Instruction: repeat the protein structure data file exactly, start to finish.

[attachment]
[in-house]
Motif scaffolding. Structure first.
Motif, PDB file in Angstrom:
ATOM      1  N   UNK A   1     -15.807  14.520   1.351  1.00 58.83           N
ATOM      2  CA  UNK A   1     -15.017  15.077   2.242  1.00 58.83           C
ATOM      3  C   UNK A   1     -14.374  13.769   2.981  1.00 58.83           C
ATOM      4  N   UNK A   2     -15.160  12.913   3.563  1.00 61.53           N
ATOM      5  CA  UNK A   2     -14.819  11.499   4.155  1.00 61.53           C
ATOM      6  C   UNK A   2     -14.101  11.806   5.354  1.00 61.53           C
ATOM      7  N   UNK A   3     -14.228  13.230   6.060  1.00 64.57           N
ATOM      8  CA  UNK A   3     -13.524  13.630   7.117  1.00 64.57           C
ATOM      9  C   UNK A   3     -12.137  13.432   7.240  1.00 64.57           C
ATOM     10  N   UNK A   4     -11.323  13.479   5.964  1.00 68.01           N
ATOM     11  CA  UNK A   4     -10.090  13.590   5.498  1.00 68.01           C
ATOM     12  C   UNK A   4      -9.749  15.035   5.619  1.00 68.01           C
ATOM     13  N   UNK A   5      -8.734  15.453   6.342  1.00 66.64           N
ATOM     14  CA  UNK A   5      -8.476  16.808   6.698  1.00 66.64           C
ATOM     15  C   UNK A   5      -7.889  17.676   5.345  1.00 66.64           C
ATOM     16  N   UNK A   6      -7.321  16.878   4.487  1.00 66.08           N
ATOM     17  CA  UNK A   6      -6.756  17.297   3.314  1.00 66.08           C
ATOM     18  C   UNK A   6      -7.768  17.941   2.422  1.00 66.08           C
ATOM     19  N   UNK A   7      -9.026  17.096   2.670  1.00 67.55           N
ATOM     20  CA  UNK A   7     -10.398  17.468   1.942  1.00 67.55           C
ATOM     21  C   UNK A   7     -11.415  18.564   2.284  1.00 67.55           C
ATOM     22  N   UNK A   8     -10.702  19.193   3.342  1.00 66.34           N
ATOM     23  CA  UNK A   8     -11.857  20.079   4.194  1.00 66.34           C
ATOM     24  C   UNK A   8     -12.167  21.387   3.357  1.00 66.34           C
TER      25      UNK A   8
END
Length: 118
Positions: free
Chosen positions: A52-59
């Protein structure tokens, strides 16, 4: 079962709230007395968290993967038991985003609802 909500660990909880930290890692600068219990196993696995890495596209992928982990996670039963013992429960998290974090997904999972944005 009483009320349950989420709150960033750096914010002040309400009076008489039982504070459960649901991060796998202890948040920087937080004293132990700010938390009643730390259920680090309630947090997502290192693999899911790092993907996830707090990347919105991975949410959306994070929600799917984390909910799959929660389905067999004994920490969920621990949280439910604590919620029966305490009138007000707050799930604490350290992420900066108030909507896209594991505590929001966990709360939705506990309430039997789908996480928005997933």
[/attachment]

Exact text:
[in-house]
Motif scaffolding. Structure first.
Motif, PDB file in Angstrom:
ATOM      1  N   UNK A   1     -15.807  14.520   1.351  1.00 58.83           N
ATOM      2  CA  UNK A   1     -15.017  15.077   2.242  1.00 58.83           C
ATOM      3  C   UNK A   1     -14.374  13.769   2.981  1.00 58.83           C
ATOM      4  N   UNK A   2     -15.160  12.913   3.563  1.00 61.53           N
ATOM      5  CA  UNK A   2     -14.819  11.499   4.155  1.00 61.53           C
ATOM      6  C   UNK A   2     -14.101  11.806   5.354  1.00 61.53           C
ATOM      7  N   UNK A   3     -14.228  13.230   6.060  1.00 64.57           N
ATOM      8  CA  UNK A   3     -13.524  13.630   7.117  1.00 64.57           C
ATOM      9  C   UNK A   3     -12.137  13.432   7.240  1.00 64.57           C
ATOM     10  N   UNK A   4     -11.323  13.479   5.964  1.00 68.01           N
ATOM     11  CA  UNK A   4     -10.090  13.590   5.498  1.00 68.01           C
ATOM     12  C   UNK A   4      -9.749  15.035   5.619  1.00 68.01           C
ATOM     13  N   UNK A   5      -8.734  15.453   6.342  1.00 66.64           N
ATOM     14  CA  UNK A   5      -8.476  16.808   6.698  1.00 66.64           C
ATOM     15  C   UNK A   5      -7.889  17.676   5.345  1.00 66.64           C
ATOM     16  N   UNK A   6      -7.321  16.878   4.487  1.00 66.08           N
ATOM     17  CA  UNK A   6      -6.756  17.297   3.314  1.00 66.08           C
ATOM     18  C   UNK A   6      -7.768  17.941   2.422  1.00 66.08           C
ATOM     19  N   UNK A   7      -9.026  17.096   2.670  1.00 67.55           N
ATOM     20  CA  UNK A   7     -10.398  17.468   1.942  1.00 67.55           C
ATOM     21  C   UNK A   7     -11.415  18.564   2.284  1.00 67.55           C
ATOM     22  N   UNK A   8     -10.702  19.193   3.342  1.00 66.34           N
ATOM     23  CA  UNK A   8     -11.857  20.079   4.194  1.00 66.34           C
ATOM     24  C   UNK A   8     -12.167  21.387   3.357  1.00 66.34           C
TER      25      UNK A   8
END
Length: 118
Positions: free
Chosen positions: A52-59
């Protein structure tokens, strides 16, 4: 079962709230007395968290993967038991985003609802 909500660990909880930290890692600068219990196993696995890495596209992928982990996670039963013992429960998290974090997904999972944005 009483009320349950989420709150960033750096914010002040309400009076008489039982504070459960649901991060796998202890948040920087937080004293132990700010938390009643730390259920680090309630947090997502290192693999899911790092993907996830707090990347919105991975949410959306994070929600799917984390909910799959929660389905067999004994920490969920621990949280439910604590919620029966305490009138007000707050799930604490350290992420900066108030909507896209594991505590929001966990709360939705506990309430039997789908996480928005997933």